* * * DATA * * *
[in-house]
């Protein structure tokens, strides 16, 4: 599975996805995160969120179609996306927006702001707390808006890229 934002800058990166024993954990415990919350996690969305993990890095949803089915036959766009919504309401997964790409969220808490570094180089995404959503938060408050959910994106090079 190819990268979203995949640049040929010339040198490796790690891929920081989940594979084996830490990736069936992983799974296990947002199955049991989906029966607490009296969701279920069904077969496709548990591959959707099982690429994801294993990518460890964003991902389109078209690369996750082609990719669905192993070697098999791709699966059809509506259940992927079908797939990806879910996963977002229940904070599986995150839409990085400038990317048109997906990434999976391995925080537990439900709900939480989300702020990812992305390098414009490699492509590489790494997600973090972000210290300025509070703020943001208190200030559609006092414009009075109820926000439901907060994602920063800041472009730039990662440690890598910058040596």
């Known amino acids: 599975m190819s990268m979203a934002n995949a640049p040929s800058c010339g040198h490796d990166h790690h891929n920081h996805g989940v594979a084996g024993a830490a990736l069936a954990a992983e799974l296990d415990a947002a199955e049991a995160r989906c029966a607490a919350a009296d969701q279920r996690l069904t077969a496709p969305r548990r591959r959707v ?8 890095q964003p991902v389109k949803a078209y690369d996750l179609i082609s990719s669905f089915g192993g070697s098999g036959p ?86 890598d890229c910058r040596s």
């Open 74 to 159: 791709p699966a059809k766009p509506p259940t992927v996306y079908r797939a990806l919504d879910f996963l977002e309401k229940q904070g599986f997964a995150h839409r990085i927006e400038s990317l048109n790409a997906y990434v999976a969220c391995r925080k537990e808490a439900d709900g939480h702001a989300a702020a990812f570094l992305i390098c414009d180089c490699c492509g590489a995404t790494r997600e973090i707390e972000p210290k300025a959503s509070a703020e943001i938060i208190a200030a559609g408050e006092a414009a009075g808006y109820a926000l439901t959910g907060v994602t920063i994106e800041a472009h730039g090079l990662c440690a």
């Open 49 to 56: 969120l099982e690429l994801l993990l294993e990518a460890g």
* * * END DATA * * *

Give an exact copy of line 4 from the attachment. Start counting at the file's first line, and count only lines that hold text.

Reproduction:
């Open 74 to 159: 791709p699966a059809k766009p509506p259940t992927v996306y079908r797939a990806l919504d879910f996963l977002e309401k229940q904070g599986f997964a995150h839409r990085i927006e400038s990317l048109n790409a997906y990434v999976a969220c391995r925080k537990e808490a439900d709900g939480h702001a989300a702020a990812f570094l992305i390098c414009d180089c490699c492509g590489a995404t790494r997600e973090i707390e972000p210290k300025a959503s509070a703020e943001i938060i208190a200030a559609g408050e006092a414009a009075g808006y109820a926000l439901t959910g907060v994602t920063i994106e800041a472009h730039g090079l990662c440690a």